L.P. What would be "working the field further themselves"?

J.H. Not everyone is a writer. I don't mean writing. I don't mean research in amplification either, though at least that would be something. I surely don't simply mean practicing. First, it would be to inquire, to doubt everything they are sure of and rest on, to let themselves be challenged, to risk themselves in public. Therapy is a cushion: and not just for the patient. The analyst, as Thomas Szasz says, is the only professional who cannot be challenged. A lawyer has an opposing lawyer and judge who watches. A surgeon operates under the eyes of colleagues and nurses. Even a banker has "controls." But the only person, besides the analyst, who knows what goes on in analysis, Szasz says, is the patient and he is disqualified from the beginning because the patient is "only a patient," incompetent by definition.

I don't mean to post this as if to merely say, "Yeah, you go Jimmy-Baby!"  I mean to reintroduces this with a general question: what have Jungians done to address or examine the problems Hillman mentions?  It's been more than 20 years since Hillman's book was published.  Has the sentiment of his critique been taken to heart by Jungian analysts?  Has it been denied or repressed?  Has it been considered but then deemed too difficult?  Do Jungians want to innovate more but find themselves incapable of or overmatched by the challenge of innovation?

What's important here is not whether or not Hillman's criticism was correct.  What is truly important for Jungians and Jungian psychology is for such a criticism to be wrestled with, reckoned with.  Is it true, and if it is, why has this happened?  What position do we take (both individually and collectively) in relation to this possibility?

Critiques like Hillman's offer us a chance to do our Jungian shadow work.  What I find most frustrating is that there has been no public indication that this shadow work has been or is going to be done.  I have always felt that the soul of Jungian thinking was shadow work.  The ethic of shadow work gives us a reason not to lazily believe in our wish-fulfillment fantasies, but to be perpetually self-criticizing (and therefore, capable of evolving and adapting).  And yet, the great failing of Jungianism is the utter failure to work with the Jungian shadow.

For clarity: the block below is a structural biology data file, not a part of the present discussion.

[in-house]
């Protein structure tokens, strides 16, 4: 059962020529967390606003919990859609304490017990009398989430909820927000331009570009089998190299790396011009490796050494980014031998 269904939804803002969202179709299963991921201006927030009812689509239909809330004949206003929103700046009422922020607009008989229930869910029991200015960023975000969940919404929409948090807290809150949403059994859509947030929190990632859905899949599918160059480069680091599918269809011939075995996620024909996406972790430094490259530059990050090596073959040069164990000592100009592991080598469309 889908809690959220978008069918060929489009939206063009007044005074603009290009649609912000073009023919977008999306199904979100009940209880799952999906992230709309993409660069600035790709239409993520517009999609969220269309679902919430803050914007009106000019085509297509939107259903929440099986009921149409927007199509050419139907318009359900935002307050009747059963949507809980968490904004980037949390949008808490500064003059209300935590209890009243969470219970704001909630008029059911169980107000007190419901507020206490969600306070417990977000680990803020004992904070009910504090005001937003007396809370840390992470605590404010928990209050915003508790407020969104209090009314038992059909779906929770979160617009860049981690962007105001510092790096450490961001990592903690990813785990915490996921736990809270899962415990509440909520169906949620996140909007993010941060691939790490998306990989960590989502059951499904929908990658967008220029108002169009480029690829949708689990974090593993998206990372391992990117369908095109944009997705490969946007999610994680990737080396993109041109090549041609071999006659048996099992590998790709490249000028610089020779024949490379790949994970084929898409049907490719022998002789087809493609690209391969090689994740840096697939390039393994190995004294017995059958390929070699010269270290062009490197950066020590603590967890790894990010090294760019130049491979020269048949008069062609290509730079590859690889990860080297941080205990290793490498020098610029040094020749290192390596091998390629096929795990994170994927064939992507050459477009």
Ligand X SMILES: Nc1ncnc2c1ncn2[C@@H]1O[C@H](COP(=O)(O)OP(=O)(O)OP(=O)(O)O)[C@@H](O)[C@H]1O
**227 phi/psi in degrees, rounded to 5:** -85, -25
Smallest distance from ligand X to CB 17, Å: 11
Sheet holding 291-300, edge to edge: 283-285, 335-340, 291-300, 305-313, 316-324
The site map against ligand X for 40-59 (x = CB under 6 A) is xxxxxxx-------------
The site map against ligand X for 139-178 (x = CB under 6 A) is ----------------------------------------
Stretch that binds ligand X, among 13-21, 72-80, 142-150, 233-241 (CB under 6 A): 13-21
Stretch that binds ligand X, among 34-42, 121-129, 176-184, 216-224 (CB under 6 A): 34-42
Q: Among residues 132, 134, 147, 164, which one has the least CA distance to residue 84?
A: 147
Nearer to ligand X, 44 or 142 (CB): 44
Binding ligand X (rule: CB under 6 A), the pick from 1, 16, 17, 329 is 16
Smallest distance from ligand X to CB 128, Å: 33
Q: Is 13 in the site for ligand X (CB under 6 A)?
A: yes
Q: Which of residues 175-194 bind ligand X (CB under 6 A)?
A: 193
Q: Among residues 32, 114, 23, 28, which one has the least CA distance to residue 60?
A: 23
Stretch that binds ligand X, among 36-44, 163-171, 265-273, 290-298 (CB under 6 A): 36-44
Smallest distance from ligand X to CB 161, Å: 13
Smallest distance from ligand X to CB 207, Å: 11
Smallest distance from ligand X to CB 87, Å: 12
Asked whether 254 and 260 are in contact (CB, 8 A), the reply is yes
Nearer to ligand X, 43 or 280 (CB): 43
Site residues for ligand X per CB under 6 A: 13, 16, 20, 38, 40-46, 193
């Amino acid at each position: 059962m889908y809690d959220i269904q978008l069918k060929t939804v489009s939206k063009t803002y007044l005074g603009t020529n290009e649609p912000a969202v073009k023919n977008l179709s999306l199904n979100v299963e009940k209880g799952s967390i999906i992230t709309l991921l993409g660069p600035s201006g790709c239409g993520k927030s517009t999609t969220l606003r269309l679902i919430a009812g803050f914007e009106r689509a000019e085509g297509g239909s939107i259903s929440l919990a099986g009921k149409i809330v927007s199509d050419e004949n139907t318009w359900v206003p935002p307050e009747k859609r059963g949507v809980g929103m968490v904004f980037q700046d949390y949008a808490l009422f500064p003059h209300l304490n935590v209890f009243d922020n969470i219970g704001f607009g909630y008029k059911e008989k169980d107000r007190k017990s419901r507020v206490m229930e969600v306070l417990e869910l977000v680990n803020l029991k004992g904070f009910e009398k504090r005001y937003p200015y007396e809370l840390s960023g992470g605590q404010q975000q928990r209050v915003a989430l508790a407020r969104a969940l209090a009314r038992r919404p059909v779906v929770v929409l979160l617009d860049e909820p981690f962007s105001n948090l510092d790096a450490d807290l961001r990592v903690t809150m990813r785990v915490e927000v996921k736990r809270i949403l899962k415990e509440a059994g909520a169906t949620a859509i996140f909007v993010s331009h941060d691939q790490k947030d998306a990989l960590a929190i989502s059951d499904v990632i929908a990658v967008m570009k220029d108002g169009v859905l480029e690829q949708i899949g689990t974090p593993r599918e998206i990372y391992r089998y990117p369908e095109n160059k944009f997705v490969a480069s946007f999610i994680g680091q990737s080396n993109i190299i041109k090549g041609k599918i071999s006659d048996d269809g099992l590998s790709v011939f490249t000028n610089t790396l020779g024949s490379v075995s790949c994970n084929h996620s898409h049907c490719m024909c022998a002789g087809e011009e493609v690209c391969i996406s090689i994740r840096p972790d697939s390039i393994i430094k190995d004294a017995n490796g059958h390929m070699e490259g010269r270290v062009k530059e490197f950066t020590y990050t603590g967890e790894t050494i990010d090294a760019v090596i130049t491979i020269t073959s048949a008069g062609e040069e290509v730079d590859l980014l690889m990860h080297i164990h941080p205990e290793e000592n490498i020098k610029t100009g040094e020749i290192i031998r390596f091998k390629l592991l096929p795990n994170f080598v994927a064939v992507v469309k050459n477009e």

There are numerous pieces of Jungian literature in which the analyst-writers mention moments of "countertransference" during therapy sessions where they experience anger, frustration, or other negative feelings toward their patients.  The confession of such feelings (neatly labeled and depotentiated as "countertransference") is a general staple of the Jungian tradition.  I'm not sure this qualifies as shadow work, but I supposed it's a start (although one gets the impression occasionally that these "countertransferences" may be more personal issues of the analysts than things to be pinned on the patients).  But when it comes to examining the collective Jungian shadow, there is rarely any confessional admission of potential flaws, misunderstandings, misgivings, etc.  What is admitted is admitted grudgingly and is downplayed (in instances of Jung's antisemitism or sexism, for instance).  It is admitted because it must be, because it is undeniable.  It is admitted, but nothing really comes of it, no change, no healing.